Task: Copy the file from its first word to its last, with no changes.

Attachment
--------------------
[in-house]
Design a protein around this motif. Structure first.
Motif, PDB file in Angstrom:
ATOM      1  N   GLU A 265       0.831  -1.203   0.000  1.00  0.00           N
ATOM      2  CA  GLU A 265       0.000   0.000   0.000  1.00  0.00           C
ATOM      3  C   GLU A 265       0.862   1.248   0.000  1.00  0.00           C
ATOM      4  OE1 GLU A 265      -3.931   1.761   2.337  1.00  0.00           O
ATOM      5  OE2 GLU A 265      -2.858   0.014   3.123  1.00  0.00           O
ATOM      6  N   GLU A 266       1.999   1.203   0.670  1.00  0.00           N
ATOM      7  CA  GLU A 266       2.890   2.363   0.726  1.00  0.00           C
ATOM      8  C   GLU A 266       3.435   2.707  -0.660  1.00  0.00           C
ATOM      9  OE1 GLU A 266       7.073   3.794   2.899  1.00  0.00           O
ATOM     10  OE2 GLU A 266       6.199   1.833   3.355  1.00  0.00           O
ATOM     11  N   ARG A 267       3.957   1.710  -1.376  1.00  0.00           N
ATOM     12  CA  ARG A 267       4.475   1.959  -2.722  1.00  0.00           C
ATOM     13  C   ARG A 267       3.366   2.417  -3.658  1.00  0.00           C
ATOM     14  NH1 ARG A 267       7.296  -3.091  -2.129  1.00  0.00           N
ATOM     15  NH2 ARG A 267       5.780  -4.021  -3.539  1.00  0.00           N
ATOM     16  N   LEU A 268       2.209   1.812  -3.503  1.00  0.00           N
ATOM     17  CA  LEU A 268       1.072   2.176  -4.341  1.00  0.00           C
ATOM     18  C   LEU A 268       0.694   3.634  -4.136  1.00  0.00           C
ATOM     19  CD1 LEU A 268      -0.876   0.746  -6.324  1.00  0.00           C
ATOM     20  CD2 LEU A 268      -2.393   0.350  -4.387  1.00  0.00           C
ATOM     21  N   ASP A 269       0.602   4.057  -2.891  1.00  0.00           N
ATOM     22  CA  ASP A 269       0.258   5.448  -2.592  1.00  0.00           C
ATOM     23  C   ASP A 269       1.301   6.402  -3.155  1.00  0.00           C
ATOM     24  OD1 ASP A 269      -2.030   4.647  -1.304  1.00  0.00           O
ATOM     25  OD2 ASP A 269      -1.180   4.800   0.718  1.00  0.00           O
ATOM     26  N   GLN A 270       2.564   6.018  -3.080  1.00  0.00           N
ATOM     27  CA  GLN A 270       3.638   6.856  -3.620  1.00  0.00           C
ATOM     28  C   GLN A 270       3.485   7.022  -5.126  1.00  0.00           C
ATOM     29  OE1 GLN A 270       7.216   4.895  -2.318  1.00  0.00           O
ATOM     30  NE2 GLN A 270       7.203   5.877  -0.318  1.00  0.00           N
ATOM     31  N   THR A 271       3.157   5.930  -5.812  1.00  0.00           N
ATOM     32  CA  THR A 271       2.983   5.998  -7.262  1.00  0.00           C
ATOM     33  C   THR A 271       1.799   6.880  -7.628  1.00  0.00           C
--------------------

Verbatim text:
[in-house]
Design a protein around this motif. Structure first.
Motif, PDB file in Angstrom:
ATOM      1  N   GLU A 265       0.831  -1.203   0.000  1.00  0.00           N
ATOM      2  CA  GLU A 265       0.000   0.000   0.000  1.00  0.00           C
ATOM      3  C   GLU A 265       0.862   1.248   0.000  1.00  0.00           C
ATOM      4  OE1 GLU A 265      -3.931   1.761   2.337  1.00  0.00           O
ATOM      5  OE2 GLU A 265      -2.858   0.014   3.123  1.00  0.00           O
ATOM      6  N   GLU A 266       1.999   1.203   0.670  1.00  0.00           N
ATOM      7  CA  GLU A 266       2.890   2.363   0.726  1.00  0.00           C
ATOM      8  C   GLU A 266       3.435   2.707  -0.660  1.00  0.00           C
ATOM      9  OE1 GLU A 266       7.073   3.794   2.899  1.00  0.00           O
ATOM     10  OE2 GLU A 266       6.199   1.833   3.355  1.00  0.00           O
ATOM     11  N   ARG A 267       3.957   1.710  -1.376  1.00  0.00           N
ATOM     12  CA  ARG A 267       4.475   1.959  -2.722  1.00  0.00           C
ATOM     13  C   ARG A 267       3.366   2.417  -3.658  1.00  0.00           C
ATOM     14  NH1 ARG A 267       7.296  -3.091  -2.129  1.00  0.00           N
ATOM     15  NH2 ARG A 267       5.780  -4.021  -3.539  1.00  0.00           N
ATOM     16  N   LEU A 268       2.209   1.812  -3.503  1.00  0.00           N
ATOM     17  CA  LEU A 268       1.072   2.176  -4.341  1.00  0.00           C
ATOM     18  C   LEU A 268       0.694   3.634  -4.136  1.00  0.00           C
ATOM     19  CD1 LEU A 268      -0.876   0.746  -6.324  1.00  0.00           C
ATOM     20  CD2 LEU A 268      -2.393   0.350  -4.387  1.00  0.00           C
ATOM     21  N   ASP A 269       0.602   4.057  -2.891  1.00  0.00           N
ATOM     22  CA  ASP A 269       0.258   5.448  -2.592  1.00  0.00           C
ATOM     23  C   ASP A 269       1.301   6.402  -3.155  1.00  0.00           C
ATOM     24  OD1 ASP A 269      -2.030   4.647  -1.304  1.00  0.00           O
ATOM     25  OD2 ASP A 269      -1.180   4.800   0.718  1.00  0.00           O
ATOM     26  N   GLN A 270       2.564   6.018  -3.080  1.00  0.00           N
ATOM     27  CA  GLN A 270       3.638   6.856  -3.620  1.00  0.00           C
ATOM     28  C   GLN A 270       3.485   7.022  -5.126  1.00  0.00           C
ATOM     29  OE1 GLN A 270       7.216   4.895  -2.318  1.00  0.00           O
ATOM     30  NE2 GLN A 270       7.203   5.877  -0.318  1.00  0.00           N
ATOM     31  N   THR A 271       3.157   5.930  -5.812  1.00  0.00           N
ATOM     32  CA  THR A 271       2.983   5.998  -7.262  1.00  0.00           C
ATOM     33  C   THR A 271       1.799   6.880  -7.628  1.00  0.00           C